GOP Sponsors of Spending Task Force Didn’t Know It Allowed for Tax Hikes? Not Likely
The official line coming from the six GOP senators who sponsored, then voted against, the failed proposal to create a deficit commission was that they didn’t realize it would allow the panel to suggest tax hikes as a step toward balancing the federal budget.
A spokesman for Sen. Sam Brownback (R-Kan.), for example, told Politico that the senator withdrew his support “over concerns that the commission will be able to raise taxes.” The offices of Sens. Mike Crapo (R-Idaho), John McCain (R-Ariz.) and Kay Bailey Hutchison (R-Texas) said exactly the same thing.
What’s fascinating about that argument is this: Sens. Judd Gregg (R-N.H.) and Kent Conrad (RD-N.D), the heads of the Budget Committee, have been pushing their task force idea for years, and a central element of the proposal has always been that everything would be on the table — tax hikes, benefit cuts and everything in between. Here’s their statement from 2007, which indicates that the commission “will analyze all potential solutions.” And here’s a summary of their more recent bill, which clearly states that “all options will be considered by the Task Force.” It’s a concept that practically defines the bill.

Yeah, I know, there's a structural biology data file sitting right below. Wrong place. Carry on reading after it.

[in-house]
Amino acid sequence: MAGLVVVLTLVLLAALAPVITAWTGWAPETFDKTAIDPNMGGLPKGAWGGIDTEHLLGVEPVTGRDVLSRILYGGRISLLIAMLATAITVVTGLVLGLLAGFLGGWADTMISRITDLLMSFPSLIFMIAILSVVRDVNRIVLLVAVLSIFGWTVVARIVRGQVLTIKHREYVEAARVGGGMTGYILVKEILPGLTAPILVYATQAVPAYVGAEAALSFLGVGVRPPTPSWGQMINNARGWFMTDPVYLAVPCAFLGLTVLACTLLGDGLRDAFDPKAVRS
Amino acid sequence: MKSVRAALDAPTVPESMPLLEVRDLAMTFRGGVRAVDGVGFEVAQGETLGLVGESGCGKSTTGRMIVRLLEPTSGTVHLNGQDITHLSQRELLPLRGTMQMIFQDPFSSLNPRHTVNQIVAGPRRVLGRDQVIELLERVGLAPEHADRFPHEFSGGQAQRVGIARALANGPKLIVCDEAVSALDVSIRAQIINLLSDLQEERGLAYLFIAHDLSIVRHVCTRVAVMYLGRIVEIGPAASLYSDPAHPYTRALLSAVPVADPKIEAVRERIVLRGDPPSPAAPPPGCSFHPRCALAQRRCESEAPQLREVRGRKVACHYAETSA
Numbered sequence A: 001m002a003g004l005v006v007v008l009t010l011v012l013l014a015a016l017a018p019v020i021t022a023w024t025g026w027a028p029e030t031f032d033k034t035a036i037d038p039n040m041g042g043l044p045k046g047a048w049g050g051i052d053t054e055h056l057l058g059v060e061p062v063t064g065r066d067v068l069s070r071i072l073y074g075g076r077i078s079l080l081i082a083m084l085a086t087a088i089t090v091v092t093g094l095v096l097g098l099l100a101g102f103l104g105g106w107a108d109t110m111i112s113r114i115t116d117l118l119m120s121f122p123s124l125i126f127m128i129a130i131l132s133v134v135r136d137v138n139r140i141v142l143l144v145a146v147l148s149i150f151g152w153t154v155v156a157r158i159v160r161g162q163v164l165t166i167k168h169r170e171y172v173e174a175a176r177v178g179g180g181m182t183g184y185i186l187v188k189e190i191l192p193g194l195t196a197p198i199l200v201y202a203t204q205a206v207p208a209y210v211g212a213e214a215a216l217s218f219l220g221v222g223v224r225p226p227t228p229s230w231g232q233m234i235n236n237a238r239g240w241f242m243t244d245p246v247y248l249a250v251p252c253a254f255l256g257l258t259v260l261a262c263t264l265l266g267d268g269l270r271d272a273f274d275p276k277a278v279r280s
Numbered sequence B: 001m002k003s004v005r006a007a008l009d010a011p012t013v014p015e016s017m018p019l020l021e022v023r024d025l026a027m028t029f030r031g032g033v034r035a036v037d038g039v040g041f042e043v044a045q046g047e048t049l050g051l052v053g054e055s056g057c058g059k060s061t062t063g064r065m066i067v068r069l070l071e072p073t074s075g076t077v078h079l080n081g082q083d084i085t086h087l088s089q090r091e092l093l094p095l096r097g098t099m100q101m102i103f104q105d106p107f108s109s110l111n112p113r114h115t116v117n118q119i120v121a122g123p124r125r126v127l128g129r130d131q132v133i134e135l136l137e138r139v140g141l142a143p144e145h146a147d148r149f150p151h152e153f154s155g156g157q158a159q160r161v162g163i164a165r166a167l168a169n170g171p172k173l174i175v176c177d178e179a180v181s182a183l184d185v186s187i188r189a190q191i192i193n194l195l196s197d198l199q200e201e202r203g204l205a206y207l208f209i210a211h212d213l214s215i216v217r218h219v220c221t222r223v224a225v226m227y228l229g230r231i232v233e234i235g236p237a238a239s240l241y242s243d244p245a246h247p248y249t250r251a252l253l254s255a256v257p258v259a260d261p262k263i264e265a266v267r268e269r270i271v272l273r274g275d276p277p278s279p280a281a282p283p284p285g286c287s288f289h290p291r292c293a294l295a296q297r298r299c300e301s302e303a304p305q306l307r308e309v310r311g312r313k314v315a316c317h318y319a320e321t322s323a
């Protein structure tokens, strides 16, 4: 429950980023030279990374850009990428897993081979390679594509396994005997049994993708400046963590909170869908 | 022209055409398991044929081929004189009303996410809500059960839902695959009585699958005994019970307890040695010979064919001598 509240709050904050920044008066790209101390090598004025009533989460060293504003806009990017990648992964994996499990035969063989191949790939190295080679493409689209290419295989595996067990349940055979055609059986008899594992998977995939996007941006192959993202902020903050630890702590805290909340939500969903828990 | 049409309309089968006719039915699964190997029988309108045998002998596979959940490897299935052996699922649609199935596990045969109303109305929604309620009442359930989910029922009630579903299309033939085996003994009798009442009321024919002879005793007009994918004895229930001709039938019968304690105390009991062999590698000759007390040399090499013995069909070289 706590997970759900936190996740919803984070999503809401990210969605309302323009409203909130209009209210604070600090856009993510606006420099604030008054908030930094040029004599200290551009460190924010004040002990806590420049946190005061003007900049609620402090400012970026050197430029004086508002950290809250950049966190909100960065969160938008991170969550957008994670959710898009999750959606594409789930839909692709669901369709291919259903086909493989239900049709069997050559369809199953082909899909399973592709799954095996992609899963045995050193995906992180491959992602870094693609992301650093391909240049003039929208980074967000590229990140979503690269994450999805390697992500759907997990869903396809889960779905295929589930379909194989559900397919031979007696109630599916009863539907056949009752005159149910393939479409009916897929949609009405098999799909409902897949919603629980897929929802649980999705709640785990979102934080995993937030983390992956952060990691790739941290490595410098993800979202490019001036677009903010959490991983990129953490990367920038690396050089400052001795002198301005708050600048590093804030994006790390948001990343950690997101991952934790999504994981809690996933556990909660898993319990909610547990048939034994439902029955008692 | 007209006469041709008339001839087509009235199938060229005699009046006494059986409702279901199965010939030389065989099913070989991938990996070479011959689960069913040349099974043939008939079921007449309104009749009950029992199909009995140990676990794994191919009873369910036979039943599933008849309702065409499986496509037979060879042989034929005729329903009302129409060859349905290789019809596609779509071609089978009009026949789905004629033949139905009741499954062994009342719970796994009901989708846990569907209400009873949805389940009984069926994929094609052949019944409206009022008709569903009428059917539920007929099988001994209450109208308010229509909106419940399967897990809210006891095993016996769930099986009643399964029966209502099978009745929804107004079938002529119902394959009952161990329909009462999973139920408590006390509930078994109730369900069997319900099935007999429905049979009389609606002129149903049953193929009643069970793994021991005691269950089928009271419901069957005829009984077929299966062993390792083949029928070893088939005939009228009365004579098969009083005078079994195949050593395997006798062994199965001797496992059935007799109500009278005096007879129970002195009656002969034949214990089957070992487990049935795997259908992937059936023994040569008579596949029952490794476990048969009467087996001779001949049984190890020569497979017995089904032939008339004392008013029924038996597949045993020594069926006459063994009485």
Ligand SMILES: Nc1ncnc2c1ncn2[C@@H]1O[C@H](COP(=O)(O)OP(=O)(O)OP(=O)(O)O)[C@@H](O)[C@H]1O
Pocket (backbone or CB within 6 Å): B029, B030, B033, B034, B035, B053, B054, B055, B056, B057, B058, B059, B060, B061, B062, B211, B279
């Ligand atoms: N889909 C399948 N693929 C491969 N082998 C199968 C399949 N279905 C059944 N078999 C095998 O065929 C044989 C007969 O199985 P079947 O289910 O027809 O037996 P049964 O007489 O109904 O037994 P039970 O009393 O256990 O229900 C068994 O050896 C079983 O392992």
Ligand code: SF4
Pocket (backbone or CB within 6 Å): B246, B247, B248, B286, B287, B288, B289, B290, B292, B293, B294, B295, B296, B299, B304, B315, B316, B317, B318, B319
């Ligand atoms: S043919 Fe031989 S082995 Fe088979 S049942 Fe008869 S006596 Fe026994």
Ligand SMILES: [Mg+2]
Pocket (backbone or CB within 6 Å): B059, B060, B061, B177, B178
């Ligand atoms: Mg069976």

So either (1) the six Republican flip-floppers are lying and voted against the commission solely under pressure from GOP leaders to deny the Obama White House a legislative victory, or (2) they threw their support behind a proposal they knew nothing about. Neither explanation says great things about their leadership skills — and both are indications of why Americans think Washington is broken.